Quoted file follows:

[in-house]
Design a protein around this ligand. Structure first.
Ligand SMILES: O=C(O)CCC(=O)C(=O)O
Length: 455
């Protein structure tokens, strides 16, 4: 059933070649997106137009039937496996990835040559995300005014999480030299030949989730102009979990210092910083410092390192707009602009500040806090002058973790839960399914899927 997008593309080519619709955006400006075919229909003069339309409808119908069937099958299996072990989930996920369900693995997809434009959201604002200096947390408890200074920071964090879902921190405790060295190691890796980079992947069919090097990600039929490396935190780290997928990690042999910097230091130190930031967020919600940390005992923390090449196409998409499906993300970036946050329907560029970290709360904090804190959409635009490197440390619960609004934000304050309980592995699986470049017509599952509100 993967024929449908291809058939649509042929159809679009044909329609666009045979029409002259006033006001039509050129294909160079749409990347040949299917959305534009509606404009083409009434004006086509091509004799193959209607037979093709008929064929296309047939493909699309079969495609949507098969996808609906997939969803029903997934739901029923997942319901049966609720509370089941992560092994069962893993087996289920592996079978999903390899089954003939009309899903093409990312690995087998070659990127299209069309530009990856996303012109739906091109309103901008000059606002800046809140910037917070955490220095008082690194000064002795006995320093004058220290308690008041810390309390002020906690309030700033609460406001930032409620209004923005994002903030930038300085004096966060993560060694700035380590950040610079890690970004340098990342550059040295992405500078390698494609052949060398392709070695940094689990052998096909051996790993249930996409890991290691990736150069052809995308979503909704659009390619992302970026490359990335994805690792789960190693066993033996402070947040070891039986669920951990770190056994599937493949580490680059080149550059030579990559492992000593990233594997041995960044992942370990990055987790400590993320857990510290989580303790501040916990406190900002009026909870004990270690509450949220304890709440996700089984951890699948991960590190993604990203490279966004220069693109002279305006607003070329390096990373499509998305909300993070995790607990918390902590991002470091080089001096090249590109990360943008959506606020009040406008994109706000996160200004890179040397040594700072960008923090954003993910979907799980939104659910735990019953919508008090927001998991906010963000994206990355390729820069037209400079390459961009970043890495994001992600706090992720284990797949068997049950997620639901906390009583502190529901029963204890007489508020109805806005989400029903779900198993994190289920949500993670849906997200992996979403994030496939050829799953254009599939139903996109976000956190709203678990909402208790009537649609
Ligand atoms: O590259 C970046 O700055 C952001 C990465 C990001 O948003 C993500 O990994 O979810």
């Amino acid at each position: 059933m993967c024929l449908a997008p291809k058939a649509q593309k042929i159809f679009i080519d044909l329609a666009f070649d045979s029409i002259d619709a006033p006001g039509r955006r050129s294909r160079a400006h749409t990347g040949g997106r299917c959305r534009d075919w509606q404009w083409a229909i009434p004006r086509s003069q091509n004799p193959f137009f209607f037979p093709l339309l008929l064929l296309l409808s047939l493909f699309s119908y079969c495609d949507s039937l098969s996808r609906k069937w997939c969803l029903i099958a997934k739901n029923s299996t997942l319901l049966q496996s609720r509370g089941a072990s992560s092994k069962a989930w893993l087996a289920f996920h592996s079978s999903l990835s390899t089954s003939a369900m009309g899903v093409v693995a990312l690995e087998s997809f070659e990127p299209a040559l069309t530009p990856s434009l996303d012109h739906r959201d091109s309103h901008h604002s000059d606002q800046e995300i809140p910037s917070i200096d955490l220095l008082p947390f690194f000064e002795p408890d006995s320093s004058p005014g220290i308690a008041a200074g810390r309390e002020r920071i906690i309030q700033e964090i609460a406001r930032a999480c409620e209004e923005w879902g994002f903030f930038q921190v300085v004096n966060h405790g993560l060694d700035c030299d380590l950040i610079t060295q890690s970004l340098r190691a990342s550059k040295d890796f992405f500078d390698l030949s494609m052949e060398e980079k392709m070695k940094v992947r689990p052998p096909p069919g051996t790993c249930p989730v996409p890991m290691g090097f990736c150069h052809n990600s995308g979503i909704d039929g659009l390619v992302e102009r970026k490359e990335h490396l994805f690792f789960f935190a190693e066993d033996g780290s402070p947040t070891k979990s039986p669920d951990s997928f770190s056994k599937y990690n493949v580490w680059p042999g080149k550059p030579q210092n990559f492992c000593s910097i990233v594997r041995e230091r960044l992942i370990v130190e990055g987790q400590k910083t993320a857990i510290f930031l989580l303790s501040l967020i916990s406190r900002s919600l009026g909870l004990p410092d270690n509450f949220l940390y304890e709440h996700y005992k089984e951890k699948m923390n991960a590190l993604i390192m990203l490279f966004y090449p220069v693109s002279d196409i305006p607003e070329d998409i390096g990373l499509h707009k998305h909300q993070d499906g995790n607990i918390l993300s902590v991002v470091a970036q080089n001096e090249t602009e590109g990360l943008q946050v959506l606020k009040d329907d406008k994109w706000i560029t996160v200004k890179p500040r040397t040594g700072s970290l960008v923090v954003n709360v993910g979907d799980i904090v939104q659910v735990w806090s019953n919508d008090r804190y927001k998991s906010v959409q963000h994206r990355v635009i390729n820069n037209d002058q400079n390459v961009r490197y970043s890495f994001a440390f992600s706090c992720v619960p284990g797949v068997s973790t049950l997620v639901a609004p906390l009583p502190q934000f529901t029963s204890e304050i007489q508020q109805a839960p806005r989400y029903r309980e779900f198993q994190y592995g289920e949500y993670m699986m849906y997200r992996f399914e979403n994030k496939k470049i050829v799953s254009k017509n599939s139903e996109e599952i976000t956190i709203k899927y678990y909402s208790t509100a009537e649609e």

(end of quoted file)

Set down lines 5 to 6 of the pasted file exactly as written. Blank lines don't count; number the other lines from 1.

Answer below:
């Protein structure tokens, strides 16, 4: 059933070649997106137009039937496996990835040559995300005014999480030299030949989730102009979990210092910083410092390192707009602009500040806090002058973790839960399914899927 997008593309080519619709955006400006075919229909003069339309409808119908069937099958299996072990989930996920369900693995997809434009959201604002200096947390408890200074920071964090879902921190405790060295190691890796980079992947069919090097990600039929490396935190780290997928990690042999910097230091130190930031967020919600940390005992923390090449196409998409499906993300970036946050329907560029970290709360904090804190959409635009490197440390619960609004934000304050309980592995699986470049017509599952509100 993967024929449908291809058939649509042929159809679009044909329609666009045979029409002259006033006001039509050129294909160079749409990347040949299917959305534009509606404009083409009434004006086509091509004799193959209607037979093709008929064929296309047939493909699309079969495609949507098969996808609906997939969803029903997934739901029923997942319901049966609720509370089941992560092994069962893993087996289920592996079978999903390899089954003939009309899903093409990312690995087998070659990127299209069309530009990856996303012109739906091109309103901008000059606002800046809140910037917070955490220095008082690194000064002795006995320093004058220290308690008041810390309390002020906690309030700033609460406001930032409620209004923005994002903030930038300085004096966060993560060694700035380590950040610079890690970004340098990342550059040295992405500078390698494609052949060398392709070695940094689990052998096909051996790993249930996409890991290691990736150069052809995308979503909704659009390619992302970026490359990335994805690792789960190693066993033996402070947040070891039986669920951990770190056994599937493949580490680059080149550059030579990559492992000593990233594997041995960044992942370990990055987790400590993320857990510290989580303790501040916990406190900002009026909870004990270690509450949220304890709440996700089984951890699948991960590190993604990203490279966004220069693109002279305006607003070329390096990373499509998305909300993070995790607990918390902590991002470091080089001096090249590109990360943008959506606020009040406008994109706000996160200004890179040397040594700072960008923090954003993910979907799980939104659910735990019953919508008090927001998991906010963000994206990355390729820069037209400079390459961009970043890495994001992600706090992720284990797949068997049950997620639901906390009583502190529901029963204890007489508020109805806005989400029903779900198993994190289920949500993670849906997200992996979403994030496939050829799953254009599939139903996109976000956190709203678990909402208790009537649609
Ligand atoms: O590259 C970046 O700055 C952001 C990465 C990001 O948003 C993500 O990994 O979810």